And how does John balance the financial aspects with the creative side?


“Well, we are self-funding, and get great support from local businesses, so each year to grow the scope of the festival to ensure that we are sustainable. We are also aware that festival audiences are looking for surprises! Short film festivals are the platform for filmmakers to take risks, develop their skills and surprise the audience! So far we have had plenty of surprises and that’s why our audience numbers keep on increasing year on year”.


And what advice would John give to like-minded people thinking of setting up their own festivals?


“Ensure you clarify your vision, be certain sort your festival should be, so once that is honed, work incredibly hard to make it happen because it is an amazingly rewarding process”.


“For us, in 2018 we are expanding by adding a section dedicated to Women’s Voices. This is a very open definition: films made by men but tell a woman's story in a good way, with a great leading female actor, can still be considered; as long as the film has a good mix of women and men working on the crew, and as long as they tell a good woman's story, it can be submitted”.


In the festival’s first year they screened 70 films over two days and in 2018 John plans to run the event over 4 days with hopes to screen 130 films making it the biggest international short film festival in the Midlands.


Finally, we ask John if he has any final words to give to fans/organisers of regional film festivals. “Well, a short film festival offers 2 hour programs that are constructed from a mosaic of cinematic genius rather than a single overarching storyline. This provides a platform to emerging filmmakers from Beeston to Bangkok and enriches the lives of everyone involved”.


Big thanks to John Currie for his time and check out the Official Festival website here and also our coverage of 2017’s event.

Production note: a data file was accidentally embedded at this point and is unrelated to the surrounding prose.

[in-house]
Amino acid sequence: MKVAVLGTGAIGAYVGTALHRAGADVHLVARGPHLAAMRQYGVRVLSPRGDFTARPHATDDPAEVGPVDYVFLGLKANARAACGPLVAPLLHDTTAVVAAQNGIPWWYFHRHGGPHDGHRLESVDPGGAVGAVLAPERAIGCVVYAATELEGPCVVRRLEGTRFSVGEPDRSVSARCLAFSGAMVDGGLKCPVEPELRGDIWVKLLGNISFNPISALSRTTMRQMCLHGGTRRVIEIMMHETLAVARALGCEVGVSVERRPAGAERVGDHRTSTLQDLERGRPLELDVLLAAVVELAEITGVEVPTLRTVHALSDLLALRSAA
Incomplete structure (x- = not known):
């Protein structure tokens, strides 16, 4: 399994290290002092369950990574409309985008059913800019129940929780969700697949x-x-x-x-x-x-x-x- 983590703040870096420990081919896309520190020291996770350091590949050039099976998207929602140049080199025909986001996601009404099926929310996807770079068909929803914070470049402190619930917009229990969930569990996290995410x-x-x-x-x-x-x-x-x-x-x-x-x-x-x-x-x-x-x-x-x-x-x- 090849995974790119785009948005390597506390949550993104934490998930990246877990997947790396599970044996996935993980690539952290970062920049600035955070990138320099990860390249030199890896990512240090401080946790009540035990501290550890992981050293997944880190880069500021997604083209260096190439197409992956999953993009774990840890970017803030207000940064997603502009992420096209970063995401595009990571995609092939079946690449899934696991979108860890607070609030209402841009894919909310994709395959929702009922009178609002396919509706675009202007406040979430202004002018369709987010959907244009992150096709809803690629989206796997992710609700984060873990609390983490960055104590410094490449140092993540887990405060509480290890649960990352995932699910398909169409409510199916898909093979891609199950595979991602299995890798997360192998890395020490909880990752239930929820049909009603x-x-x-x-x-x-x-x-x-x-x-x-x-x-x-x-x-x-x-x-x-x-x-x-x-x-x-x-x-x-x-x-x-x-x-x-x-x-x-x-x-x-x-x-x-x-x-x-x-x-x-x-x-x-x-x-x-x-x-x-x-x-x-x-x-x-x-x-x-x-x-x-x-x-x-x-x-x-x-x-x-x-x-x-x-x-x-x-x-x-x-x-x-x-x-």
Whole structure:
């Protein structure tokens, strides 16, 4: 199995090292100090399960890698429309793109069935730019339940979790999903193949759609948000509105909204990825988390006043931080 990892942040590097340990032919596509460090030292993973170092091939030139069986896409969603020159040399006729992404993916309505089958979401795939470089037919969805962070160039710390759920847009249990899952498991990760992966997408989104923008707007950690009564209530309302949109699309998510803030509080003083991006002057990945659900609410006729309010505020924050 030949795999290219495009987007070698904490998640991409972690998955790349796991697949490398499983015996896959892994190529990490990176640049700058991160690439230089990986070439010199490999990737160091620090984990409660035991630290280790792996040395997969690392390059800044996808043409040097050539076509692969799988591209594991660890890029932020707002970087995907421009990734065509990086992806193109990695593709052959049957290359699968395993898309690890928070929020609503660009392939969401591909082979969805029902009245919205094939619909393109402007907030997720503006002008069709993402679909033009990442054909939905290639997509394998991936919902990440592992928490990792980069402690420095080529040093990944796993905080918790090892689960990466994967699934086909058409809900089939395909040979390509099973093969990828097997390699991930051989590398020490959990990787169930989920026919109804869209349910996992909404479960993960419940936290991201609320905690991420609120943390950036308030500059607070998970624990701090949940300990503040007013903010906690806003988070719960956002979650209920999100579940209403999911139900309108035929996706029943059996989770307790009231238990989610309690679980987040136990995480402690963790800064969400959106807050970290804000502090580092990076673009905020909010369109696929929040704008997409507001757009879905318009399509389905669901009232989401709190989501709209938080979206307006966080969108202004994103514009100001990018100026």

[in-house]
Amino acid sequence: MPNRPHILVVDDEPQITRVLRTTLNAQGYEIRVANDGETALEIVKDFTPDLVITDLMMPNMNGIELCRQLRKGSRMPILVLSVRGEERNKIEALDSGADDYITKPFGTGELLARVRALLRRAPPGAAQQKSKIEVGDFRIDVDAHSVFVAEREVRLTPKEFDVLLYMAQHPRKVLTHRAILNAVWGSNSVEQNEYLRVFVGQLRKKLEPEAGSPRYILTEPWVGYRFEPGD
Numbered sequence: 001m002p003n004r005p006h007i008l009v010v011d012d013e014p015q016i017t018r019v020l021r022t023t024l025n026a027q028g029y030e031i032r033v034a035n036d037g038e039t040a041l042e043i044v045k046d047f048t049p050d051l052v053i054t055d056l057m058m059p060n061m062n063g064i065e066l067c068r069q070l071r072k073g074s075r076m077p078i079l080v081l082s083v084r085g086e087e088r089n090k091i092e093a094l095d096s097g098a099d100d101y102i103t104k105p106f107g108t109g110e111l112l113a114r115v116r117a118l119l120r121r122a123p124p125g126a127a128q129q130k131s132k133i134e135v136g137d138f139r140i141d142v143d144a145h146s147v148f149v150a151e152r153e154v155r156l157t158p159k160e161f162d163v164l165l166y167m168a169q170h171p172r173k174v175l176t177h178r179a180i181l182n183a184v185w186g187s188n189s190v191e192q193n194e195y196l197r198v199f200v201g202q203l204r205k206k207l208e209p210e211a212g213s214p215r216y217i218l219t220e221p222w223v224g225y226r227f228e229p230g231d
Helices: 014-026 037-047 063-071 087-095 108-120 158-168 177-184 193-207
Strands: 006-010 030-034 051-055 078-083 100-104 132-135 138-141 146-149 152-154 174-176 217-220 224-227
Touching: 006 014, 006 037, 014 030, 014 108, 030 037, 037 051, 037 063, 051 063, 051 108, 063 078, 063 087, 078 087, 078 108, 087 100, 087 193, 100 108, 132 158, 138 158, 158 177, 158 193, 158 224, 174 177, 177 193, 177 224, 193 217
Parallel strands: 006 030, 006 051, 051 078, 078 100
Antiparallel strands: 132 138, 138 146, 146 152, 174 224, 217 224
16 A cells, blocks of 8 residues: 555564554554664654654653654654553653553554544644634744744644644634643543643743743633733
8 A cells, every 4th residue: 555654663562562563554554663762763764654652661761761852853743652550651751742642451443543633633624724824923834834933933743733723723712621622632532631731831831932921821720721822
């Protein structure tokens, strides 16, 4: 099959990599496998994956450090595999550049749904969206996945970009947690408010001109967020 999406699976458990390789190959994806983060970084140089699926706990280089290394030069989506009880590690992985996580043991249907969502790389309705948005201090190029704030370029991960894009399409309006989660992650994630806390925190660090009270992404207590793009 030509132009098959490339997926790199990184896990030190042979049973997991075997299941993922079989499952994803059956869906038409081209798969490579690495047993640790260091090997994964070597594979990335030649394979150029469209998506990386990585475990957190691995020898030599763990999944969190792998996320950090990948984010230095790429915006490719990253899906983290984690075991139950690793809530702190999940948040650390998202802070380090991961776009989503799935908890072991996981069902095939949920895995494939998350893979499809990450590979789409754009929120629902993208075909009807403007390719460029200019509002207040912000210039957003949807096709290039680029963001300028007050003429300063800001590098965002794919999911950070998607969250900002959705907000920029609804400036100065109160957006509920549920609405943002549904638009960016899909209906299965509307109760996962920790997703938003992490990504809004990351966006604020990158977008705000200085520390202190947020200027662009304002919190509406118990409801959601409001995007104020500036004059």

By midlandsmovies, Sep 13 2017 10:37AM



Caroline Spence is a producer and screenwriter based in the Midlands and as part of our 'Professional' series we ask Caroline about her roles, experience and advice for readers interested in developing their career in this interesting and varied job.


Background

I am a screenwriter and feature film producer. I came to this profession fairly late in life as compared with other people in the business. Previously, I worked in various administrative roles in so many different industries that I’ve lost count, from law to the defence industry, accounting, finance and the mental health sector. All sounds impressive, but I was predominantly sat in front of a screen typing - always restless, always dreaming of breaking out and doing something else. In a way, this has been an advantage in my current profession – I know business, I know accounts, and I’ve met many people from many different walks of life, and so I have a wealth of inspiration to draw on when scouting for locations or writing new characters.


How Caroline got into film producing

I came to film producing through a series of events. I've been a writer since childhood and went on to write published articles based around natural history, science, and ancient history. In 2004, I was invited to appear on a TV show about international property as a realtor, because the actual realtor didn't want to appear on television! Although I knew little about selling properties abroad (in this case, Spain), I thought it would be a great experience. Unfortunately, when it came to the shoot, I wasn't too impressed by the (unprofessional) behaviour of the film crew. Nevertheless, this odd experience inspired me to write and present my own documentaries.